Asylum Officers: Trump’s Proposed Asylum Overhaul Violates U.S., International Laws

Categories: DHS, The Insider

Asylum officers are voicing their opposition to the Trump administration’s proposed regulations that, if implemented, would dismantle the country’s asylum system and require officers to violate U.S. and international laws.  

The Trump administration in June published a 161-page proposal creating barriers at all stages of the asylum process, making it more difficult if not impossible for those fleeing prosecution to seek refuge in the United States —particularly refugees from Guatemala, El Salvador and Honduras.   

The AFGE National Citizen and Immigration Services Council 119, which represents asylum officers nationwide, submitted comments July 15 opposing the anti-refugee rules and saying that implementing them would cause Council 119 members to have to violate their oath.    

"We felt compelled to file these public comments,” said Michael Knowles, spokesperson for the council. “The asylum officers we represent have taken a solemn oath to uphold the Constitution and faithfully administer the laws of the United States. The proposed new rules are contrary to U.S. and international laws concerning the protection of refugees -- and if implemented, would cause our members to violate their oaths and be complicit in an egregious violation of human rights. Our members expect us to speak out on their behalf."  

Here are a few examples of how the proposed regulations would force the officers – and the United States – to violate the laws and human rights:   

  • Narrow down the definition of “persecution” to deny legitimate asylum seekers the protections required by law. An individual who has been threatened but not yet physically harmed, for example, would likely be unable to establish past persecution. It should be noted that the Convention Against Torture, which describes harm that may be more severe than persecution, specifically lists types threats as types of harm that may constitute. This attempt to redefine persecution violates U.S. and international law as well as decades of case law and precedent.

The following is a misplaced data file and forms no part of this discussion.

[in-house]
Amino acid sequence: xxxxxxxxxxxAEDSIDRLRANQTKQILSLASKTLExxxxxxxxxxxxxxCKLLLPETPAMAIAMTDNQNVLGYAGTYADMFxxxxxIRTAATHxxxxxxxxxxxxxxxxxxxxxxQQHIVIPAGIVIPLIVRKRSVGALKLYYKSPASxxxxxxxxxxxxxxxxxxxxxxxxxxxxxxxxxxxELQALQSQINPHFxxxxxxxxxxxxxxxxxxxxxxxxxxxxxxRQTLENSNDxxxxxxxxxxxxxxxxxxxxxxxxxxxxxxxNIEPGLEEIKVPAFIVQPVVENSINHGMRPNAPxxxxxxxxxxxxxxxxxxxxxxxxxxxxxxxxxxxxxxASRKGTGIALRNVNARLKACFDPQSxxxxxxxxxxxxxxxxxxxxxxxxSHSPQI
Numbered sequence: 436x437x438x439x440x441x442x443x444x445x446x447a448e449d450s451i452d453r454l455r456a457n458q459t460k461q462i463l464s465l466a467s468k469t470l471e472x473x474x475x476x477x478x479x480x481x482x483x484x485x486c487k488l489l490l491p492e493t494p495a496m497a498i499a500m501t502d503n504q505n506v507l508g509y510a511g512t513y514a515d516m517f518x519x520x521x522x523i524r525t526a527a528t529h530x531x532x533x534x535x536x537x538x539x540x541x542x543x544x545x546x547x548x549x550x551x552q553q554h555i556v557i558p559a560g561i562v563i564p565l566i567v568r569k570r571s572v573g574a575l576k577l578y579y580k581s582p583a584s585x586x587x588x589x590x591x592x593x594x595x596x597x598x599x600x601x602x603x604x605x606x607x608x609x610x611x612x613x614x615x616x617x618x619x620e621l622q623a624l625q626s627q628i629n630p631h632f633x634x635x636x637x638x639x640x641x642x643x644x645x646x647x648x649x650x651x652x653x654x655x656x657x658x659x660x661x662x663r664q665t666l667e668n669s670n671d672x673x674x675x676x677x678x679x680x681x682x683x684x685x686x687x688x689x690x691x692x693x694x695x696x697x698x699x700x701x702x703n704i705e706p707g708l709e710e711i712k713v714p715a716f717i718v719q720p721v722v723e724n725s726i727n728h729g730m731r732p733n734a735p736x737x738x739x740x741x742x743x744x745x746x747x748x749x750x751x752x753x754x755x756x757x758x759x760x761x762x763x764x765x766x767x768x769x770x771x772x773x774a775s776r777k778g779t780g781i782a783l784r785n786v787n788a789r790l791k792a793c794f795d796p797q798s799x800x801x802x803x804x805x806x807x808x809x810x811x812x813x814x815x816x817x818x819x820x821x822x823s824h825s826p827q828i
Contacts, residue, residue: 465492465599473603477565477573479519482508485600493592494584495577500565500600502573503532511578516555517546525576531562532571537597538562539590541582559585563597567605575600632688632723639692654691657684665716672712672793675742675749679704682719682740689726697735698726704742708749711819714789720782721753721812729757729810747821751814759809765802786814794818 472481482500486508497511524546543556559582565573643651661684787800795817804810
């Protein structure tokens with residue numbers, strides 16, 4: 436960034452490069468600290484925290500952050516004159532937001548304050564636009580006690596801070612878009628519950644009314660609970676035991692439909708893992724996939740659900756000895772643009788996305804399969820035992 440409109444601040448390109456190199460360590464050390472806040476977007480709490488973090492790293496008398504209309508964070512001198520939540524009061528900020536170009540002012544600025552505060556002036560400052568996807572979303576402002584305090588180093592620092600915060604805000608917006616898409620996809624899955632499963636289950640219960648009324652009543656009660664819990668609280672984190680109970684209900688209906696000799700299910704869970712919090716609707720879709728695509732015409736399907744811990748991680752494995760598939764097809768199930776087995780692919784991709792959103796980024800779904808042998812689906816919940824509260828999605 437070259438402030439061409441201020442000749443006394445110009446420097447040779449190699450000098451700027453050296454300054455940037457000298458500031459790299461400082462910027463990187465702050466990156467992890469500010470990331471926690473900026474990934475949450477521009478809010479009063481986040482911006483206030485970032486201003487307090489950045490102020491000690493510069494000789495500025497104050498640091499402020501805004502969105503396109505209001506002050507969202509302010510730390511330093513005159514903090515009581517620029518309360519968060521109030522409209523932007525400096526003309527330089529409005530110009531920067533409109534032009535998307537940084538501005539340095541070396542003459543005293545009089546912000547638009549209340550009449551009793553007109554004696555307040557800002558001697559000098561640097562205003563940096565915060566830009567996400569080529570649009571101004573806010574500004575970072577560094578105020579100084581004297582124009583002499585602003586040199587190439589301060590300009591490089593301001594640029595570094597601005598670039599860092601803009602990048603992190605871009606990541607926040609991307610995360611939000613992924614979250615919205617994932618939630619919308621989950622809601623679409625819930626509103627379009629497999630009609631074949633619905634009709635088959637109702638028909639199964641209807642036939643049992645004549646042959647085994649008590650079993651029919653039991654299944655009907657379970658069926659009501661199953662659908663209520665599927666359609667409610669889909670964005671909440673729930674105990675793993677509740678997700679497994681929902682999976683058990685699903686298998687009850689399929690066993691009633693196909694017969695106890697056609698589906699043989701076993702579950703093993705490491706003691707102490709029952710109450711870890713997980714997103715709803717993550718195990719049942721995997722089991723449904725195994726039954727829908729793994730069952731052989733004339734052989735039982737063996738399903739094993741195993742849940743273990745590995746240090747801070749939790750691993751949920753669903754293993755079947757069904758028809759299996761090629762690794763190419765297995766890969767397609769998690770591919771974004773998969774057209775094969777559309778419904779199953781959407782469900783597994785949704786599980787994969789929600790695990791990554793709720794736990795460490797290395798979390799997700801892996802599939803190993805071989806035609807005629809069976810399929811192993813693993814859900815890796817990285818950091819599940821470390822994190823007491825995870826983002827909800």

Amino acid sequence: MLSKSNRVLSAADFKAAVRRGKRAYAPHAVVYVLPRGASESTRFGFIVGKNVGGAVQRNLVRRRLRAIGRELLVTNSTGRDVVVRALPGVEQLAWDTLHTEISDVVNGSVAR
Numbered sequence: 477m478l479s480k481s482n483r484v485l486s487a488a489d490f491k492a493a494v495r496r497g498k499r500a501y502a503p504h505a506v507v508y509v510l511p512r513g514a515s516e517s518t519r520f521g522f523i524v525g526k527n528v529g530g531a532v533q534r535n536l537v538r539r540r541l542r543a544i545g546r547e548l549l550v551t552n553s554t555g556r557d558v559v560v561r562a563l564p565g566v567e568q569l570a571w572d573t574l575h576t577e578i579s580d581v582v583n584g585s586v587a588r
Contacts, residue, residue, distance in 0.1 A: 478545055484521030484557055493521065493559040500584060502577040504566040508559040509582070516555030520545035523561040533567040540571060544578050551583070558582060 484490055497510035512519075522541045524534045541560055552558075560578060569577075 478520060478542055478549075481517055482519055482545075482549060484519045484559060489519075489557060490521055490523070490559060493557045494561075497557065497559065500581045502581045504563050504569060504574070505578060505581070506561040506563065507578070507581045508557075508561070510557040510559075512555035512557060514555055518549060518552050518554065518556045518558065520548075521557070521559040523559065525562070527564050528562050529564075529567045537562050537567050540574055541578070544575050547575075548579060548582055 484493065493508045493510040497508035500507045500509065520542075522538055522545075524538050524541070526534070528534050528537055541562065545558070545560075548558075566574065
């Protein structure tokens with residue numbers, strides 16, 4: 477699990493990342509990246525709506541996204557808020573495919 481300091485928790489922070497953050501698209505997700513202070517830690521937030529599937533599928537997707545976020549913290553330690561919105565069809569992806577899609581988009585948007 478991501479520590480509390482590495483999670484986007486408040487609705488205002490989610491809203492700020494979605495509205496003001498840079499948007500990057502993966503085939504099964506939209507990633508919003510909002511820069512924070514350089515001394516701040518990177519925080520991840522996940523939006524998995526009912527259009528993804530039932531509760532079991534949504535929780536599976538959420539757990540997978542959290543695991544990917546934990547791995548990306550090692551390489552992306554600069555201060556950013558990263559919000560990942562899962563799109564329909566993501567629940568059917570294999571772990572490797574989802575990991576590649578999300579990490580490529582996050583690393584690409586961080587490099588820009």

• Require asylum officers and immigration judges to consider illegal entry as a negative discretionary factor and allows asylum officers and immigration judges to deny cases based solely on discretion noting illegal entry as the discretionary factor. The Immigration and Nationality Act states in plain language that anyone in the United States, regardless of immigration status or how he or she entered the US, can legally apply for asylum. It is not illegal to seek asylum. Considering the manner of entry as a negative discretionary factor in the adjudication of a person’s asylum claim violates U.S. and international law. 
  • Make it easier for asylum seekers who are not fully familiar with the nuances of the highly complex body of federal immigration law to be punished for accidentally filing “frivolous” asylum requests. 
  • Allow immigration judges to deny asylum applications without ever allowing the individual their day in court. This would allow immigration judges to deny asylum cases based solely on the paper application filed without a hearing. This is especially problematic for asylum seekers who do not have an attorney and may not be familiar with the exact phrasing and evidence needed to support their cases.  

The U.S. immigration law does not grant the Executive Branch the power to make the types of wholesale changes reflected in the proposed regulations.   

Council 119 urges the Department of Justice and the Department of Homeland Security to immediately rescind the proposed regulation and instead focus their efforts on advancing policies that ensure that people who need refugee protection can find safety in the United States.  


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